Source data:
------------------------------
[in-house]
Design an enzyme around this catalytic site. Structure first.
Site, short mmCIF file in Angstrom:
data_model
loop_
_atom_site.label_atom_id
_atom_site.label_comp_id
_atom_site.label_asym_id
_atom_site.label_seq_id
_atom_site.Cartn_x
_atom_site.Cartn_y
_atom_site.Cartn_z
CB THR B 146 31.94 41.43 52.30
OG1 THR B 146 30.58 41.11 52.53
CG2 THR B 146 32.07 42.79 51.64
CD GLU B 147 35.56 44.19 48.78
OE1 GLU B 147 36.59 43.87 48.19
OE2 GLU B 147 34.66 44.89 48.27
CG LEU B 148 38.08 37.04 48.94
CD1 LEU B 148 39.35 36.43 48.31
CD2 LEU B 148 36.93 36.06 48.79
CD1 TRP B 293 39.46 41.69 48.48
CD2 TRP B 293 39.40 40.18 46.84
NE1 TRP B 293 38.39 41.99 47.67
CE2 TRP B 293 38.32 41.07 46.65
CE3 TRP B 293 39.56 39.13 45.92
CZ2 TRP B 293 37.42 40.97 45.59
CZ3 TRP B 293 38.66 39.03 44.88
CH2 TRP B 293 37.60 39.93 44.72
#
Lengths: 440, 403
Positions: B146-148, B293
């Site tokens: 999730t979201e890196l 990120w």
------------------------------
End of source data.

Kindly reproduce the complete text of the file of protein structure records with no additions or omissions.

[in-house]
Design an enzyme around this catalytic site. Structure first.
Site, short mmCIF file in Angstrom:
data_model
loop_
_atom_site.label_atom_id
_atom_site.label_comp_id
_atom_site.label_asym_id
_atom_site.label_seq_id
_atom_site.Cartn_x
_atom_site.Cartn_y
_atom_site.Cartn_z
CB THR B 146 31.94 41.43 52.30
OG1 THR B 146 30.58 41.11 52.53
CG2 THR B 146 32.07 42.79 51.64
CD GLU B 147 35.56 44.19 48.78
OE1 GLU B 147 36.59 43.87 48.19
OE2 GLU B 147 34.66 44.89 48.27
CG LEU B 148 38.08 37.04 48.94
CD1 LEU B 148 39.35 36.43 48.31
CD2 LEU B 148 36.93 36.06 48.79
CD1 TRP B 293 39.46 41.69 48.48
CD2 TRP B 293 39.40 40.18 46.84
NE1 TRP B 293 38.39 41.99 47.67
CE2 TRP B 293 38.32 41.07 46.65
CE3 TRP B 293 39.56 39.13 45.92
CZ2 TRP B 293 37.42 40.97 45.59
CZ3 TRP B 293 38.66 39.03 44.88
CH2 TRP B 293 37.60 39.93 44.72
#
Lengths: 440, 403
Positions: B146-148, B293
């Site tokens: 999730t979201e890196l 990120w």